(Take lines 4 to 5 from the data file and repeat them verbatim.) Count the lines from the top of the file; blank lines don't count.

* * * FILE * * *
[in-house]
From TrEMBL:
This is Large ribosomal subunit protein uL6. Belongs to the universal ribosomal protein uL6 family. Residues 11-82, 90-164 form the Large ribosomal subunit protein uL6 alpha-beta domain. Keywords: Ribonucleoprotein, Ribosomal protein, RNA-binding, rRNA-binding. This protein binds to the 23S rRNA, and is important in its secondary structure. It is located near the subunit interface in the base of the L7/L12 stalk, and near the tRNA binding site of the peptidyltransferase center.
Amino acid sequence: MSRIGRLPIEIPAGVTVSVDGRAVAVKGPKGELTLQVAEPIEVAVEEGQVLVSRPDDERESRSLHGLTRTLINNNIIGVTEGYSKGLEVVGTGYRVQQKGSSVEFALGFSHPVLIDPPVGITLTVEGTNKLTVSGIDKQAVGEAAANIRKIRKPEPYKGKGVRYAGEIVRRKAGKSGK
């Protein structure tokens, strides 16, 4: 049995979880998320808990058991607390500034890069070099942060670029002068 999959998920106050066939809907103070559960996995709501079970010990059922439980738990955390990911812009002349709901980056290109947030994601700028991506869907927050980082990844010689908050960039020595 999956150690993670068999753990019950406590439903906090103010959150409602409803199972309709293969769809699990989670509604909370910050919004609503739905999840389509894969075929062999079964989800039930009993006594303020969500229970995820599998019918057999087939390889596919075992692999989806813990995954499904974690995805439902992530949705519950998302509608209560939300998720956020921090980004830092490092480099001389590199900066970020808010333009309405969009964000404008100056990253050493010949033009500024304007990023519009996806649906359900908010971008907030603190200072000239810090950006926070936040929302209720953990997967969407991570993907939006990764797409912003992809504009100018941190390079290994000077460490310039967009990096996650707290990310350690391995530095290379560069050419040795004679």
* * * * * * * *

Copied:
Amino acid sequence: MSRIGRLPIEIPAGVTVSVDGRAVAVKGPKGELTLQVAEPIEVAVEEGQVLVSRPDDERESRSLHGLTRTLINNNIIGVTEGYSKGLEVVGTGYRVQQKGSSVEFALGFSHPVLIDPPVGITLTVEGTNKLTVSGIDKQAVGEAAANIRKIRKPEPYKGKGVRYAGEIVRRKAGKSGK
């Protein structure tokens, strides 16, 4: 049995979880998320808990058991607390500034890069070099942060670029002068 999959998920106050066939809907103070559960996995709501079970010990059922439980738990955390990911812009002349709901980056290109947030994601700028991506869907927050980082990844010689908050960039020595 999956150690993670068999753990019950406590439903906090103010959150409602409803199972309709293969769809699990989670509604909370910050919004609503739905999840389509894969075929062999079964989800039930009993006594303020969500229970995820599998019918057999087939390889596919075992692999989806813990995954499904974690995805439902992530949705519950998302509608209560939300998720956020921090980004830092490092480099001389590199900066970020808010333009309405969009964000404008100056990253050493010949033009500024304007990023519009996806649906359900908010971008907030603190200072000239810090950006926070936040929302209720953990997967969407991570993907939006990764797409912003992809504009100018941190390079290994000077460490310039967009990096996650707290990310350690391995530095290379560069050419040795004679």